Not that there wasn't plenty of unfiltered emotion. Standing near Bennis was Valerie Landau, daughter of the late documentary film-maker and activist Saul Landau. The elder Landau spent the better part of his life working towards this moment, before cancer cut his work short in the middle of another documentary on Cuba, in 2013. Travelling with Castro through Cuba in the late 1960s, he memorably filmed the revolutionary leader shedding his uniform and playing baseball, shirtless, with peasants.

"We're continuing his work in our own way," said Valerie Landau, who leads tours to Cuba and also works with the Cuban Health Ministry on education programmes. "I think this is a real crossroads, and there's going to be a lot of change in Cuba. Some of it at their own speed and choice, and some of it as a result of an avalanche of interest on the part of Americans who're hungry to know and see Cuba."

The limestone and marble mansion opened as the Cuban Embassy in 1919 and quickly established itself as a delightful society-party venue. Diplomatic relations were broken in 1961, two years after Castro took power. The mansion was shuttered. It reopened in 1977 as the Cuban Interests Section, parallel with a US Interests Section in Havana. The move to have fully fledged embassies again came after President Barack Obama and President Raul Castro resolved in December to normalise relations.

Code Pink provided entertainment|with chants and signs that said "Salsa se­! Embargo no!"

"I didn't know if I'd live to see this day," said Code Pink organiser Medea Benjamin, who lived in Cuba from 1979 to 1983. She said she was deported for being so outspoken - hence her "love-hate relationship" with Cuba. Lately it has been more love. She leads large tours of activists to the island and is planning an upcoming teach-in in the city of Guantanamo against continued US control of the Guantanamo Bay Naval Base.

Inside the embassy, actor Danny Glover drifted from room to room. A regular visitor, his ties to Cuba run so deep that when the remaining Cuban Five prisoners were released by the US in December, one of the first phone calls made by their informal leader, Gerardo Hernandez, as a free man was to Glover.

Glover found his way over to celebrated Cuban folk singer Silvio Rodriguez, who was one of the bold-faced names from the island included in the Cuban delegation.

The reception was liberally sprinkled with Democratic senators and members of Congress, some of whom have been toiling at reaching out to Cuba for as long and as hard as the activists and the policy experts.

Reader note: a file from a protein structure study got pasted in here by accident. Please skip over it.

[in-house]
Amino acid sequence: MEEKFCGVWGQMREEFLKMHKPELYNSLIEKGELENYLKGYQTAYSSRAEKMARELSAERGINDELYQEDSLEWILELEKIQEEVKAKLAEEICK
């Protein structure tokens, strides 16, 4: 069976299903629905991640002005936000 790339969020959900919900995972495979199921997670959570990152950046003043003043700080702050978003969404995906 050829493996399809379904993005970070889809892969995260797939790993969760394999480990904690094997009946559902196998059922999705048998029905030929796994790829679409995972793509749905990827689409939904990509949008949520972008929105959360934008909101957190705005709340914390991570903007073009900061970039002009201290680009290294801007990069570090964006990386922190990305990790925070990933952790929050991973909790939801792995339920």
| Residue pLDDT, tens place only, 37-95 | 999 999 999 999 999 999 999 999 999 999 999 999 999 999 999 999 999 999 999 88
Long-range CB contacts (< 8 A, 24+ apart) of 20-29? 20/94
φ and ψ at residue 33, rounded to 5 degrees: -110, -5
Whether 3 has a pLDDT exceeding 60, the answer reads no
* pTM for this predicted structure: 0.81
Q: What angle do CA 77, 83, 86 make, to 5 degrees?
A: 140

"I've spent 25 years in Congress trying to change this policy," said Democrat Jose Serrano, who hosted Castro in the Bronx in 1995, and was criticised for it by some. "We gave him a party at a place called Jimmy's Bronx Cafe. People who went to that event are texting me now saying 'Don't you feel vindicated?'"

"There was a war for 56 years, and|the war is over," said Philip Brenner, a professor in the School of International Service at American University.[15]

References

  1. Youtube, The Real News, From Zionist to Anti-Zionist Activist - Phyllis Bennis on Reality Asserts Itself pt1
  2. Youtube, The Real News, From Zionist to Anti-Zionist Activist - Phyllis Bennis on Reality Asserts Itself pt1
  3. Youtube, The Real News, From Zionist to Anti-Zionist Activist - Phyllis Bennis on Reality Asserts Itself pt1
  4. Youtube, The Real News, From Zionist to Anti-Zionist Activist - Phyllis Bennis on Reality Asserts Itself pt1
  5. Youtube, The Real News, From Zionist to Anti-Zionist Activist - Phyllis Bennis on Reality Asserts Itself pt1
  6. http://archives.econ.utah.edu/archives/marxism/2004w50/msg00124.htm
  7. Second Annual Socialist Scholars Conference program.
  8. WAR TIMES January 29, 2002
  9. http://www.unitedforpeace.org/article.php?list=type&type=16
  10. [1] conference speaker bios, accessed, July 18, 2010
  11. [http://www.pacificfreepress.com/news/1/6899-the-last-combat-politician.html Withdraw the Last Combat Politicians from Washington by David Swanson, pacific free Press, Aug 29, 2010]
  12. Peace Action Advisory Board
  13. Democracy Now!, Tuesday, July 21, 2015, Is the Era of U.S.-Backed Anti-Castro Terrorism Over? Reflections on Restored Ties Between Nations
  14. IPS Where Do We Go From Here
  15. - The Washington PostJuly 23, 2015 Thursday E1 Edition Now, at long last, they can disagree respectfully; To the sounds of salsa and minty mojito toasts, American advocates hailed the Cuban flag over the new embassy in Washington as a victory, writes David Montgomery]